Metal Gear Solid V may not have the epic boss battles of previous installments or the long, dramatic, and sometimes bizarre cutscenes (thankfully), but the open world, challenging gameplay, and updates on the franchise formula make it a modern classic.
4. Grand Theft Auto V by Rockstar Games
Since the third game in the series,Grand Theft Auto has grown into a platform best served for messing around in an open world filled with crime and mayhem. And in GTAV, you're dropped into a version of Los Angeles that’s sprawling with varied environments and tons of character.
Run, fly, and drive through the city while completing the 30-plus-hour campaign with three incredibly unique protagonists. Or, you can take some time off to do what you want. Go on a rampage, steal some sweet rides, or enjoy some self-care by hitting the tennis courts or the local yoga studio.
Of course, the real fun comes in seeing what you can get away with before an epic police chase ensues. How many people can you take out and how many cars can you steal before the 5-star wanted level catches up with you?
While GTA V hit shelves back in 2013, its online communities (both multiplayer and mod creation) are thriving. And if you do dip into some mods, you’re granted some crazy abilities like playing as Iron Man or even flying around as a Game of Thrones dragon.
It’s really become a hub for those who like to create and tinker, along with cause a citywide riot. Also, the included Rockstar Editor gives you the opportunity to film your gameplay and edit the footage into your own short film.
5. Fallout: New Vegas by Obsidian Entertainment
While Fallout 4 is the most recent installment in the post-apocalyptic franchise, Fallout: New Vegas nearly perfected the choose-your-own-adventure gameplay. It also retains the weirdness and whimsy that makes these games special.
It’s almost like a Fallout 3.5, and it takes place in 2281 Las Vegas following the Great War between the U.S. and China. In this version of the future, Canada has been annexed into the U.S., the UN doesn’t exist, and you can get free electricity from the Hoover Dam if you can harness its power.
In New Vegas, you play as an anonymous courier who was left for dead. You roam around the desert landscapes of Arizona, California, and Nevada hunting down your would-be killer and taking on side quests.
Within the open-world desert wasteland, you’ll explore underground shelters, chat with folks in your community, and battle against mutant animals and monsters you encounter along the way.
The combat system, VATS, can be difficult to use at first. It’s an active-pause combat system that slows down time when you’re in the midst of a fight. This allows you to inflict specific injuries and ramp up the gore factor.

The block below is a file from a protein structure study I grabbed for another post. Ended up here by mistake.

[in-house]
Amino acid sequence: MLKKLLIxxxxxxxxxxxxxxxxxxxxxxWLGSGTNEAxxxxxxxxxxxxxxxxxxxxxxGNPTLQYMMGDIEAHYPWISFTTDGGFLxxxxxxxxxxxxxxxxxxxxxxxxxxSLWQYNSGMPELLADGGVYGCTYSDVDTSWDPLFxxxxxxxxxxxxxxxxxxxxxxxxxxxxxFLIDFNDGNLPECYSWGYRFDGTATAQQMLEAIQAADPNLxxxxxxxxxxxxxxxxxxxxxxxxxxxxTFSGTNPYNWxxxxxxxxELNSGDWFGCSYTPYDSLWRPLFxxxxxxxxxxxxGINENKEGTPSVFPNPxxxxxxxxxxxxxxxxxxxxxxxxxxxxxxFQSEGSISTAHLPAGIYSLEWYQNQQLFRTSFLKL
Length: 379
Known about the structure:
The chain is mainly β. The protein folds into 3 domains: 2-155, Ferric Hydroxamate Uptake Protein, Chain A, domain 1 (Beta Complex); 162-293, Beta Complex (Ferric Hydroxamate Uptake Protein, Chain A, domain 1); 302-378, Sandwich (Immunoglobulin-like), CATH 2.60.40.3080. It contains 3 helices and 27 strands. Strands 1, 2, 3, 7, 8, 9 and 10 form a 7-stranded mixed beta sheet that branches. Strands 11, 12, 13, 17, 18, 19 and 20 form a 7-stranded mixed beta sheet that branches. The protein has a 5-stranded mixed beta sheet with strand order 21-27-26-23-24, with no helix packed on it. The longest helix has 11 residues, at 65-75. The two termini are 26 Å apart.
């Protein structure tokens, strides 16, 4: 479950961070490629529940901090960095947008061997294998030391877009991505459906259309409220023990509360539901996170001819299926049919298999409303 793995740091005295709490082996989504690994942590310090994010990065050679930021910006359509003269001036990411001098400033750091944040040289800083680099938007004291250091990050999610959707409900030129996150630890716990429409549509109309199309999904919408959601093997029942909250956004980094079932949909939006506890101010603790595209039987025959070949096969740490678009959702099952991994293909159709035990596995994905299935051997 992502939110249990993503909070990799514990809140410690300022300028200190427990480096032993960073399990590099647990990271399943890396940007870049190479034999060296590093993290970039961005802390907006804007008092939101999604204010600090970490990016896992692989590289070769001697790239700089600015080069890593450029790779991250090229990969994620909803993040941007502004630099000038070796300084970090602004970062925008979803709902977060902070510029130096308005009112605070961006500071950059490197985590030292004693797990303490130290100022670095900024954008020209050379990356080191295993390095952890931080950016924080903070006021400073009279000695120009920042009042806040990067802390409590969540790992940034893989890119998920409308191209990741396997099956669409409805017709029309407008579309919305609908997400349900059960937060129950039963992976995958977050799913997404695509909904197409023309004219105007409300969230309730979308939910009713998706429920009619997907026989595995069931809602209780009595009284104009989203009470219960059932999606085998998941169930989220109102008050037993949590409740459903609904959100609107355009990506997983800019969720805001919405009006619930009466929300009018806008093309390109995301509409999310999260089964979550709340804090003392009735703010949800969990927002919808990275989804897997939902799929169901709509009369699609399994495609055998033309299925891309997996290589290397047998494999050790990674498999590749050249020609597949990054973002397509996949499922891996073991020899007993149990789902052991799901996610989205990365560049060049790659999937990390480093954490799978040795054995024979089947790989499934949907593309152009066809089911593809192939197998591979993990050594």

You have the option to make the game more of a survival-centric experience, too, as part of hardcore mode. In this mode, food, sleep, and water are essential - and going without them means death.
Despite the bleak atmosphere, there’s some pure fun to be had as well. You can gamble in the city of New Vegas by playing the slot machines and roulette and blackjack tables. Just don’t win too much; it may bring you some unwanted attention.
6. Subnautica by Unknown Worlds
The depths of our own oceans may as well be another planet, never mind the oceans on an alien one. And in Subnautica, one of the best open-world games of the past year, you head beneath the seas on a distant world.
This game is an underwater survival adventure made for single-players only. The premise is quite simple: you crashed into a new planet, and you’re the sole survivor among your crew. You also have no food or resources. As a result, much of Subnautica’s gameplay focuses on gathering materials and learning how to survive for more extended periods at a time.
While there is a main storyline, you can make progress in it at your own pace as you eventually discover recordings and evidence of past survivors. If you’d rather just explore and not worry about that, you can elect to play in “creative mode.” This lets you explore the vast ocean and, you know, not worry about running out of oxygen.
Aimless exploration isn’t everyone’s thing, of course, but it’s nice to have the balance of poking around however you see fit combined with the continuing narrative.
Are you ready to play?
Between exploring seascapes and fighting monsters in foreign lands, there’s no shortage of ways to escape the daily grind with these incredible open-world games.
You’ll need to make sure your equipment is up-to-date though, so you can play not just these titles but those coming out in the coming months.
If you’re looking for a gaming system that can keep up and keep you prepared for the future, check out our HP OMEN gaming computers, including customizable desktops to create the ultimate game room, and powerful laptops that are perfect for gaming on-the-go.
About the Author: Dan Marzullo is a contributing writer for HP® Tech Takes. Dan produces strategic marketing content for startups, digital agencies, and established brands. His work can be found in Forbes, Entrepreneur Magazine, YFS Magazine, and many other media outlets.